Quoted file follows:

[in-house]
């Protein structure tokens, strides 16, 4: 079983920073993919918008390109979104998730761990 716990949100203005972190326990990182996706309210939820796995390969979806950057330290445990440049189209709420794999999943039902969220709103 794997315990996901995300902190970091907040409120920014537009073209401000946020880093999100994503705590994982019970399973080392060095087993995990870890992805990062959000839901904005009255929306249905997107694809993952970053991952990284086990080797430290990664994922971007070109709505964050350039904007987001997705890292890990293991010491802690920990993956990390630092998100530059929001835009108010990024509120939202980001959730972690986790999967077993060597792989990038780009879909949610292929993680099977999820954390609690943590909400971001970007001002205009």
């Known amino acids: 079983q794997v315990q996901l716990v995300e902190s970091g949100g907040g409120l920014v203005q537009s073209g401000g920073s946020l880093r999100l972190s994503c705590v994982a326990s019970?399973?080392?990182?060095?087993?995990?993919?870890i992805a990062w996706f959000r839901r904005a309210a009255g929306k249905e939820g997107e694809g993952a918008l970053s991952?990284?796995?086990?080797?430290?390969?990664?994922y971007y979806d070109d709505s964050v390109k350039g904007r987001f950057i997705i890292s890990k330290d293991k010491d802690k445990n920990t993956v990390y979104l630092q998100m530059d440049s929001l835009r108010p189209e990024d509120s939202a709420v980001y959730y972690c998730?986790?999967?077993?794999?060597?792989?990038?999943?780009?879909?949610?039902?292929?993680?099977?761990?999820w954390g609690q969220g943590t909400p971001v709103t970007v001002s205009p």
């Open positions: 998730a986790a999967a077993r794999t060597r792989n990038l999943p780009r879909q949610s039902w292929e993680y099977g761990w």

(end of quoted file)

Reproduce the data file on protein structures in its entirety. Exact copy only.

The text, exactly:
[in-house]
């Protein structure tokens, strides 16, 4: 079983920073993919918008390109979104998730761990 716990949100203005972190326990990182996706309210939820796995390969979806950057330290445990440049189209709420794999999943039902969220709103 794997315990996901995300902190970091907040409120920014537009073209401000946020880093999100994503705590994982019970399973080392060095087993995990870890992805990062959000839901904005009255929306249905997107694809993952970053991952990284086990080797430290990664994922971007070109709505964050350039904007987001997705890292890990293991010491802690920990993956990390630092998100530059929001835009108010990024509120939202980001959730972690986790999967077993060597792989990038780009879909949610292929993680099977999820954390609690943590909400971001970007001002205009």
């Known amino acids: 079983q794997v315990q996901l716990v995300e902190s970091g949100g907040g409120l920014v203005q537009s073209g401000g920073s946020l880093r999100l972190s994503c705590v994982a326990s019970?399973?080392?990182?060095?087993?995990?993919?870890i992805a990062w996706f959000r839901r904005a309210a009255g929306k249905e939820g997107e694809g993952a918008l970053s991952?990284?796995?086990?080797?430290?390969?990664?994922y971007y979806d070109d709505s964050v390109k350039g904007r987001f950057i997705i890292s890990k330290d293991k010491d802690k445990n920990t993956v990390y979104l630092q998100m530059d440049s929001l835009r108010p189209e990024d509120s939202a709420v980001y959730y972690c998730?986790?999967?077993?794999?060597?792989?990038?999943?780009?879909?949610?039902?292929?993680?099977?761990?999820w954390g609690q969220g943590t909400p971001v709103t970007v001002s205009p």
């Open positions: 998730a986790a999967a077993r794999t060597r792989n990038l999943p780009r879909q949610s039902w292929e993680y099977g761990w």